Broaden Your Outlook to Broaden Your Opportunities

People who advance rapidly and become senior leaders often have a key trait in common: they perform well in their area of functional expertise, but they also focus on broader issues that affect the whole business.
When you invest your time and attention to learn more about where the business is going as a whole, you will uncover more ways to apply your expertise to helping the organization address key challenges. At the same time, when you use your agenda to enable the bigger, broader company agenda, you will get noticed by leaders looking for others who share their big picture view.
Put the business first
Early in your career it can be tempting to see everything from the perspective of your immediate role or work group. Company-wide issues might not even seem relevant to your daily work. But leadership experts say taking that view is a mistake. According to research from the nonprofit Center for Creative Leadership (CCL), “a broad organizational perspective is a critical leadership competency and one of the most important factors in the advancement of executives.” They warn that having a very narrow functional focus can hamper career progress.
Pitfalls to progress
How do you know if your perspective is too narrow? While early in your career you will be expected to prove your competence within your discipline and in a more prescribed role, even in more junior roles you can demonstrate a more comprehensive view.
Warning signs at any point in your career that you are restricting your potential with an overly narrow focus can include fear of taking purposeful risks and an unwillingness to challenge yourself in new ways. These tendencies can show up in various patterns including:
An unwillingness to stray from what’s working. Everyone enjoys the confidence that comes from performing tasks you’ve mastered. But if you always default to doing what you’re already good at it’s almost impossible to grow and prepare for what’s next. You also risk being pigeon holed in one area at the expense of garnering varied experiences and the versatility to advance.
Being reluctant to address shortcomings. The flip side of over-relying on current strengths can be ignoring weaknesses and areas that supervisors have pointed to for further development. When you receive constructive feedback, you need to act on it to grow your skillset.
Avoiding untested capabilities. “If you shy away from a function or area, the lack of knowledge and experience may become an obvious gap in your repertoire,” according to the CCL. This happens too often when women avoid operational roles or fail to build financial acumen. Expanding expertise is critical to expanding options.  
Broader is better
A broader perspective is powerful because it helps you see where what you do and the skills you already have fit into and support the larger organizational agenda. When you spot areas that allow you to grow your contribution to the larger mission you will grow your impact and opportunities to advance as well.
The nonprofit research and leadership experts at CCL and those at 80,000 hours (a nonprofit connected with Oxford University that helps people make the most of the lifetime hours invested in a career), suggest numerous ways to broaden your perspective and workplace horizons. Here are some to consider.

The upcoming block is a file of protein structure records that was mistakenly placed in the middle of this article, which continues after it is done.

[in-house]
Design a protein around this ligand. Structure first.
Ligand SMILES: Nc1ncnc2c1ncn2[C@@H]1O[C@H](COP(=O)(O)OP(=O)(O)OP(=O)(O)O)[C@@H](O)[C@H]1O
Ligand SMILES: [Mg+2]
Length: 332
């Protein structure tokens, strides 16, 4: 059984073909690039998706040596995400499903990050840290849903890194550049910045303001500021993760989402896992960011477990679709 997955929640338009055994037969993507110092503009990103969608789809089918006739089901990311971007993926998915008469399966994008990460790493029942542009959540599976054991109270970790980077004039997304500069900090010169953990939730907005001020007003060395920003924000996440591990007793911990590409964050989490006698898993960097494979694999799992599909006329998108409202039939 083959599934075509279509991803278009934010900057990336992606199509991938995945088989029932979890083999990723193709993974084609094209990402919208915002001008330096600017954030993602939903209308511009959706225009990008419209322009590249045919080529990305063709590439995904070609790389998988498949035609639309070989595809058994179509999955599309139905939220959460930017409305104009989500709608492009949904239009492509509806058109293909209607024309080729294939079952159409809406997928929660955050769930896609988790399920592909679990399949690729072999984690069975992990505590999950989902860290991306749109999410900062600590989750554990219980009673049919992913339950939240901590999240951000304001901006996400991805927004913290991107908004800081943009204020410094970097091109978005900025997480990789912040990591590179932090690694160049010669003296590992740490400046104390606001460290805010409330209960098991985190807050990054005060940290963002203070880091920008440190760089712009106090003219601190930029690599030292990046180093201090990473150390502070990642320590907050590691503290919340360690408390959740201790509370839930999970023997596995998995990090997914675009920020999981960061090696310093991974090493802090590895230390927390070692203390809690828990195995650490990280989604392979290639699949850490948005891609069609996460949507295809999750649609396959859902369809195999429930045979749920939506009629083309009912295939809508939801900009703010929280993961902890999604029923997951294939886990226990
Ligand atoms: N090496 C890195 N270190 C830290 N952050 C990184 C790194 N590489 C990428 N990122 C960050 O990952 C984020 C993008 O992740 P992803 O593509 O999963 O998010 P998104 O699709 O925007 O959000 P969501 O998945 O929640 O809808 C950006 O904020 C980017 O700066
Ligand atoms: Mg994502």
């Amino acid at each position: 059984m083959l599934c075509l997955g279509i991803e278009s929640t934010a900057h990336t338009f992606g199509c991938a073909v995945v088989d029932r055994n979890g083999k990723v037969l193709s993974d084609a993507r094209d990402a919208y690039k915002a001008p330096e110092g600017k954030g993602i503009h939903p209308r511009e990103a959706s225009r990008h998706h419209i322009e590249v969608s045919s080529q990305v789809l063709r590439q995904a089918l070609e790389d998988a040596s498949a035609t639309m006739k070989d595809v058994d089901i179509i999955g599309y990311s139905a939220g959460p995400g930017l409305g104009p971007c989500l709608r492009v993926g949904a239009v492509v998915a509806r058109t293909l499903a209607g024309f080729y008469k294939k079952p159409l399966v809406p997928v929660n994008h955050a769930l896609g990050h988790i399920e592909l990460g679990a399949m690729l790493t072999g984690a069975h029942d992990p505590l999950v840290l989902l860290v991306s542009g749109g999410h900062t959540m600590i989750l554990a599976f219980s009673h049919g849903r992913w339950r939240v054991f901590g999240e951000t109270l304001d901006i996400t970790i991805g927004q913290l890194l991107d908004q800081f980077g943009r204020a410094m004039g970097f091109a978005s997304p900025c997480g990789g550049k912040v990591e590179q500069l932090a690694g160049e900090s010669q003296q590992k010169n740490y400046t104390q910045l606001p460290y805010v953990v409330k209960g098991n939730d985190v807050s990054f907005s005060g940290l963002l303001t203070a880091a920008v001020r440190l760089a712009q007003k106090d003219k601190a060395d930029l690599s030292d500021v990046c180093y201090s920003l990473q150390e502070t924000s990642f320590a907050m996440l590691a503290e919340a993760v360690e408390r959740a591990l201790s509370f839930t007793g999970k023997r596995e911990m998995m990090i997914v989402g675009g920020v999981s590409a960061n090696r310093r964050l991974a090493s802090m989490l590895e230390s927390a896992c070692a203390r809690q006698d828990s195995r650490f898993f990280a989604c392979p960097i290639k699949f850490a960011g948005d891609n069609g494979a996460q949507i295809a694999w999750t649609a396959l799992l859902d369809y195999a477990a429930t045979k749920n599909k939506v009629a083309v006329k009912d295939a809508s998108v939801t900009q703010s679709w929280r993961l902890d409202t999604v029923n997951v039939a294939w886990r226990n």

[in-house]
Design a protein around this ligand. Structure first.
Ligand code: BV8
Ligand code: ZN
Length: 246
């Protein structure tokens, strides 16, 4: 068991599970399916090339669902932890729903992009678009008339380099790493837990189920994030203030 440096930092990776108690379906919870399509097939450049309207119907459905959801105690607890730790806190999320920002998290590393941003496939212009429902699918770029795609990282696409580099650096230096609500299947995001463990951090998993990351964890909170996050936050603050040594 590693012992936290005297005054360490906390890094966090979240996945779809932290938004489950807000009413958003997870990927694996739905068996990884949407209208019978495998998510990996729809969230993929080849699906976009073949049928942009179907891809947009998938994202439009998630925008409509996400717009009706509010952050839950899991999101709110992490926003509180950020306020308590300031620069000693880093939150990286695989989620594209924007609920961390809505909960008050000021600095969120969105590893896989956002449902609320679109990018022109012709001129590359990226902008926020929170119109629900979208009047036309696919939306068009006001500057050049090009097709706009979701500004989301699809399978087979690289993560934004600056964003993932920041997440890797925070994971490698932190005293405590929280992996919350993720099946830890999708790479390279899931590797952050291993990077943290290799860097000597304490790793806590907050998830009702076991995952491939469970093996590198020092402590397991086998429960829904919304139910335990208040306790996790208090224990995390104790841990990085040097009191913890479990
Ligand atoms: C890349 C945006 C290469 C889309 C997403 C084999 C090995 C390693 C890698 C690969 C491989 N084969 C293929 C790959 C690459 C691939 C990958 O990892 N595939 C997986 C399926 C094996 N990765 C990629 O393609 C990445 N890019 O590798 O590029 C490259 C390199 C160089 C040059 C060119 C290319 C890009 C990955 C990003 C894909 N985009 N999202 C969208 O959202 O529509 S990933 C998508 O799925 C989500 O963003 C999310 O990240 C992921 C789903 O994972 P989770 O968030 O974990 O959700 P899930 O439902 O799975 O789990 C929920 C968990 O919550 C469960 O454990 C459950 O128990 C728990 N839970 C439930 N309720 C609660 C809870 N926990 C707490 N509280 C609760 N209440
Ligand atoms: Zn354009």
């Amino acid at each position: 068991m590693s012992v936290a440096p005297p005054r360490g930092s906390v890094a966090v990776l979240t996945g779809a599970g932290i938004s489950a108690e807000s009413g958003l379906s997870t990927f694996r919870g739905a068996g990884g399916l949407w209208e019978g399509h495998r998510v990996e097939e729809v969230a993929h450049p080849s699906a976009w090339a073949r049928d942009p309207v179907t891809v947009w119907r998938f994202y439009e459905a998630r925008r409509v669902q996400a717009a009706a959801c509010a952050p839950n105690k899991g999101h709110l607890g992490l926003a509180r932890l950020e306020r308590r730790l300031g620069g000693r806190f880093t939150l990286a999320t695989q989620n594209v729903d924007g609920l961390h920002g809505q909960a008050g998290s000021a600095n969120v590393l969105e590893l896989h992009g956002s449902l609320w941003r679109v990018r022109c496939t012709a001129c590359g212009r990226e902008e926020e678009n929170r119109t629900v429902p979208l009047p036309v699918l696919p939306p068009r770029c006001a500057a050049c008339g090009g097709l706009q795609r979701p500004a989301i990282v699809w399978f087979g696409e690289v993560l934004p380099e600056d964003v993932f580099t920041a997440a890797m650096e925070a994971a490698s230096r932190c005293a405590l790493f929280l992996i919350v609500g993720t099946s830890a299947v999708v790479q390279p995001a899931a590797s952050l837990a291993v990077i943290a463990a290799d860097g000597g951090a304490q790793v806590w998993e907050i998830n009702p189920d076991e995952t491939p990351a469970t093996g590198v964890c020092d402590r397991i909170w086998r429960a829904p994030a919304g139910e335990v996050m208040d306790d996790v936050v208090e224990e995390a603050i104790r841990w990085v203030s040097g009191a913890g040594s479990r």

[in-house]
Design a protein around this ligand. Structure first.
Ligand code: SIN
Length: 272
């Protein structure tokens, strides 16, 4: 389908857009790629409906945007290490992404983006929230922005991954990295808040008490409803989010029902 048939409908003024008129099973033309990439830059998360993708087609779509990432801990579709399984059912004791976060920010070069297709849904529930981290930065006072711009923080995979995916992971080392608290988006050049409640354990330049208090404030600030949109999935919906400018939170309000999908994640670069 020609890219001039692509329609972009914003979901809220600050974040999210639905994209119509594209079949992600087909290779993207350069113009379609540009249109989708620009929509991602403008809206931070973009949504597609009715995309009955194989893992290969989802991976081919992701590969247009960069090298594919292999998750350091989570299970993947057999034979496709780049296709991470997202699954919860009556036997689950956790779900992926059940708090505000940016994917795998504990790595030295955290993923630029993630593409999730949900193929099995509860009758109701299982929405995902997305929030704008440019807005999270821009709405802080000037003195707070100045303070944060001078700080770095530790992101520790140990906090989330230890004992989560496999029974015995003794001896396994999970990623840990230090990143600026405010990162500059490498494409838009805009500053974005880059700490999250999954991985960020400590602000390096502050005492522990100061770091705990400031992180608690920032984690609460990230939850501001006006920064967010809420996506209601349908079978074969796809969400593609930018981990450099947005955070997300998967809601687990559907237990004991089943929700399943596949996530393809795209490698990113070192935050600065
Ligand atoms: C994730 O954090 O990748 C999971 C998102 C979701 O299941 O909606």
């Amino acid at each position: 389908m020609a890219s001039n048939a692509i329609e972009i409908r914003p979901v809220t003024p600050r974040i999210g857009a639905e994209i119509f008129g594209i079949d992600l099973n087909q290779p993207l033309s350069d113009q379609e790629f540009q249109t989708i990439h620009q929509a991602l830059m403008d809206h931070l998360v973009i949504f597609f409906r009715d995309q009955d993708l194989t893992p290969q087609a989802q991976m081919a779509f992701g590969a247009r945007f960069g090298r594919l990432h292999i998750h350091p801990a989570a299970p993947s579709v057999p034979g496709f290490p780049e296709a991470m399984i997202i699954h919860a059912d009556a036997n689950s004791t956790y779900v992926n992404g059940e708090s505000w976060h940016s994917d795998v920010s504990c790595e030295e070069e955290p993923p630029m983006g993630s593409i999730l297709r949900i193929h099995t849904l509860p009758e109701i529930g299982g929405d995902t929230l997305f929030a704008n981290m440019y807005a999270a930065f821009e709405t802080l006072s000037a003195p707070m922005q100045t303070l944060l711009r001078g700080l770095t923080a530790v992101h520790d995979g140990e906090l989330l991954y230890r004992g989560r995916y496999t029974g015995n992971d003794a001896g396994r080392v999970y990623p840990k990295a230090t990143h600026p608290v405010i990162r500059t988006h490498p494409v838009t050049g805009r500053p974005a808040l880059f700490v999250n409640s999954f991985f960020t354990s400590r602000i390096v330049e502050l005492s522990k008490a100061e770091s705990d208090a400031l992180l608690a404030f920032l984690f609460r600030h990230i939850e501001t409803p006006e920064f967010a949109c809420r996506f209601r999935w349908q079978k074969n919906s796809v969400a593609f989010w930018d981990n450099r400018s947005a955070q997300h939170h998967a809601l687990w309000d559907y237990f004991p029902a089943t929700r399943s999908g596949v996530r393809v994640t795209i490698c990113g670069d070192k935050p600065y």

• Talk to other people. A tricky part of broadening your perspective is recognizing your current perspective and how it might limit you. Talking with people in different areas of the business and at different stages in their careers, even in casual conversation, you gain insights to see problems and opportunities you might not recognize on your own.
  • Consider the opposite. If you have a strong opinion about something, take a step back and think about whether the exact opposite could also be true. Or listen intently to someone who sees an issue differently from you. This can also be a valuable exercise when applied to gaining insights from people at different levels of the organization. What might look like a bad move to those working on the frontlines might make perfect sense when viewed from a strategic organization-wide level. And vice versa.
  • Be willing to learn. New experiences can trigger fear because the process of learning pretty much guarantees you will not start off as proficient. Your performance could even suffer in the short term. It can help to remind yourself at the start that emotions such as frustration, nervousness and even embarrassment may arise. Recognizing those challenges up front can better prepare you to deal with them if they arise. You can also motivate yourself by remembering that the effort you invest in learning something new today will undoubtedly pay off in the future.
  • Use a framework. The 80,000 hours team describes a habit of “narrow framing” where you consider too few alternatives, use a too-narrow set of objectives to evaluate various alternatives, and even consider your future through an overly narrow lens. One way to combat that narrow field of vision is to use a framework that forces you into a broader perspective and consideration of more ideas. You might use something like a SWOT Analysis (strengths, weaknesses, opportunities and threats); Blindspot Analysis meant to unearth incorrect assumptions; or a basic Cost-Benefit Analysis.
The more you broaden your organizational perspective, the more you will grow your leadership skills and discover new opportunities for increased contribution and greater advancement.

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